We have loads of cool new stuff to tell you about from brands including Look, Canyon, Gaerne, MAAP, but we're starting this week with indications that a new player is working on electronic shifting for road bikes...
The three major groupset brands – Shimano, SRAM and Campagnolo – already offer electronic shifting, as do a few others like FSA and Rotor, but it looks like a new system could be on the way from Tektro.
Tektro and its high-end sub-brand TRP (Tektro Racing Products) are best known in the mountain biking world, but a recently published patent application suggests that it is working on an electronic groupset for the road.
One patent application for a Bicycle Head and Bicycle Shift Control Box, for example, mentions a ‘brake lever assembly’ for a drop-bar bike that incorporates a shift switch and a battery. These are connected to a shift control box that includes a circuit board that has a wireless transmission unit.
Another patent application shows a rear derailleur with a battery attached. This patent application mentions that the tech it's discussing could be electronic although, equally, it could be a mechanical.
There’s also an older patent application for front and rear derailleurs, each of which is powered by a battery.
Yet another patent application, shows a combined hydraulic brake lever and electronic shift device. Signals from two shift levers are transmitted, either via wire or wirelessly, to an electronic shift control box which in turn will operate the bicycle derailleur. Again, this could be in a wired or wireless manner.
Patent applications are also published for wirelessly pairing components and a “Method of Controlling a Derailleur in Low Battery Remaining Capacity” suggesting that Tektro’s plans for an electronic shift system are at an advanced stage.
As ever with anything concerning patents, we can’t say for sure whether Tektro will bring an electronic shift system to market, but we’d say that it’s looking likely.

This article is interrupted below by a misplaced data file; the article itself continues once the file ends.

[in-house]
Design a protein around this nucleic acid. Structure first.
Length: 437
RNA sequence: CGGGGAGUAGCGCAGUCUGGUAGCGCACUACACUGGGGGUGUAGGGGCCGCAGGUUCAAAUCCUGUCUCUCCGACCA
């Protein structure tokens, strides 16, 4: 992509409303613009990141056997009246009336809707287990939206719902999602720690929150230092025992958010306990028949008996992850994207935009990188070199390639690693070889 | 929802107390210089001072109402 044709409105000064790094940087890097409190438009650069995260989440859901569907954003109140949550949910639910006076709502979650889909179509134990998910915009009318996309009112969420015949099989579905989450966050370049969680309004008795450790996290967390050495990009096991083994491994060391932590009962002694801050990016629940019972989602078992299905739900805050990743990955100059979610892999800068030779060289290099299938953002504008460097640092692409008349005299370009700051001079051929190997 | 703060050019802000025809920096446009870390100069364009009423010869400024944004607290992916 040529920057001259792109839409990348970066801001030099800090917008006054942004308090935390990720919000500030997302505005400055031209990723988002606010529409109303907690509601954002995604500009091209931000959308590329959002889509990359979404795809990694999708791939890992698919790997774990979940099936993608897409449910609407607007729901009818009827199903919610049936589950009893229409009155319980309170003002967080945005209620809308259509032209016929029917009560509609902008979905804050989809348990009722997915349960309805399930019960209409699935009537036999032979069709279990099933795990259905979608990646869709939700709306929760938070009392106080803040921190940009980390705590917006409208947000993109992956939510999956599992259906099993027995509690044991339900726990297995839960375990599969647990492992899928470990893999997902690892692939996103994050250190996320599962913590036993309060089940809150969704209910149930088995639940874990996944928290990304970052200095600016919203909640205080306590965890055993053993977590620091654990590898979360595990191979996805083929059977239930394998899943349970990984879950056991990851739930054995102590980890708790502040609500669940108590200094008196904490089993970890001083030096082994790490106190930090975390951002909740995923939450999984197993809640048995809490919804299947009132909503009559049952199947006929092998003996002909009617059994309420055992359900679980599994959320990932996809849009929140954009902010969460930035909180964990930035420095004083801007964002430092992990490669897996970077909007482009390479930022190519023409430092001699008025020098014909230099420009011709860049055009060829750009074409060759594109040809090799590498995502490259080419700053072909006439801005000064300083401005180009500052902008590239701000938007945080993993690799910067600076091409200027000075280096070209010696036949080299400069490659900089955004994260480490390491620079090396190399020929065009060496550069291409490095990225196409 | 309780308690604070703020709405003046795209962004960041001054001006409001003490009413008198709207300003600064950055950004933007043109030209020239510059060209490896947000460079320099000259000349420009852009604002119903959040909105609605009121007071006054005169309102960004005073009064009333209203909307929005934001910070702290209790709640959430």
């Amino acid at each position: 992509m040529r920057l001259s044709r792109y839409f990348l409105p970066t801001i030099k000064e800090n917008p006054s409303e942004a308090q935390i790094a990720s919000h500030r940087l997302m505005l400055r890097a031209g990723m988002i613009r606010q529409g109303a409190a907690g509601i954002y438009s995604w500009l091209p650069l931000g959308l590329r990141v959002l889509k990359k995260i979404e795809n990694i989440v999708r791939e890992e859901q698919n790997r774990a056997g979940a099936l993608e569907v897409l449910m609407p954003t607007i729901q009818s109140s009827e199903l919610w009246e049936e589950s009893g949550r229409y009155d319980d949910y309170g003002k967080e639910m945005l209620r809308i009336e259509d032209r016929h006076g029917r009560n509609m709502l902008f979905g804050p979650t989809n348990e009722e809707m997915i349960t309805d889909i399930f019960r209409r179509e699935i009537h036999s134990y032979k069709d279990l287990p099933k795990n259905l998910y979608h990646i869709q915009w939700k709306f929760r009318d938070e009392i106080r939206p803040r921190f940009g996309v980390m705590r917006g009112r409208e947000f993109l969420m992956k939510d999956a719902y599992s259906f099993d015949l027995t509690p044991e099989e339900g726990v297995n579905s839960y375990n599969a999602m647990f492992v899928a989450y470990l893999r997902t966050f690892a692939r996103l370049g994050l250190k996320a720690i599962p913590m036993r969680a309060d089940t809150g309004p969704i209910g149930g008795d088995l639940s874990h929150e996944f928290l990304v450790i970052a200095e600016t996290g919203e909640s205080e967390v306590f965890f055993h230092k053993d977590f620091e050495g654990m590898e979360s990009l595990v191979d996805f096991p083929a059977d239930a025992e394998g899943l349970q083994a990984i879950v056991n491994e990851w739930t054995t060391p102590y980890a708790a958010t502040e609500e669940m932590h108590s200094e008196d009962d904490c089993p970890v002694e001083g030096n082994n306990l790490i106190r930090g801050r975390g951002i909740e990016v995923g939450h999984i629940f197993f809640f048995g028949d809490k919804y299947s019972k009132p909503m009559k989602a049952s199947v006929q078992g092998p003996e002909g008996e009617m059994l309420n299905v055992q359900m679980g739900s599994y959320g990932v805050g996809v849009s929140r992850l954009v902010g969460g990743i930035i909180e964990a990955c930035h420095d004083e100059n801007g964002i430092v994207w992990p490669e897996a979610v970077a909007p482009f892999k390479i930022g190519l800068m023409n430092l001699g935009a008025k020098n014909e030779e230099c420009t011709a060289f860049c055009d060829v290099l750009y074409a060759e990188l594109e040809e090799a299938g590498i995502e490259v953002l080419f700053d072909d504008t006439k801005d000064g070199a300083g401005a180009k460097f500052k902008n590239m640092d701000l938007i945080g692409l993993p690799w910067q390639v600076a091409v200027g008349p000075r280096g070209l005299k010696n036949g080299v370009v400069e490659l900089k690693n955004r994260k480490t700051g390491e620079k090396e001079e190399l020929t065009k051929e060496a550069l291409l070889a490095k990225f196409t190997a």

Look has produced Keo Blade Carbon Ti pedals in pink, but they’re not for the likes of us – they’re for the rider who wins the Giro d’Italia.
The pedals have a contact surface of 700mm2, ceramic bearings, and a weight of just 190g per pair.
Look says that it supports 40% of the riders taking part in this year’s Giro.
You can’t buy the pedals in this finish – they’re for the wearer of the Maglia Rosa (pink jersey) only – but a pair in black is priced at £299.
Barely a week goes by without us hearing about new designs from MAAP – those Aussies never stop – the latest being the Axis (above) and Fuse (below) collections. Both offer men’s and women’s versions of MAAP’s Pro Jersey (£140), along with various other items. Axis also comes in long-sleeve options (£150).
“Each jersey is made from majority recycled yarn in a combination of three materials to maximise its breathable, lightweight and moisture-wicking qualities,” says MAAP. “The three rear pockets also feature an anti-sag material to keep all your essentials locked down for the ride.”
Canyon this week introduced the latest in its Ultimate Artist Edition range – which, it says, “blurs the boundaries between world-class speed and stunning style, combining the Ultimate's race-proven performance with artwork from renowned designers” – and it promptly sold out.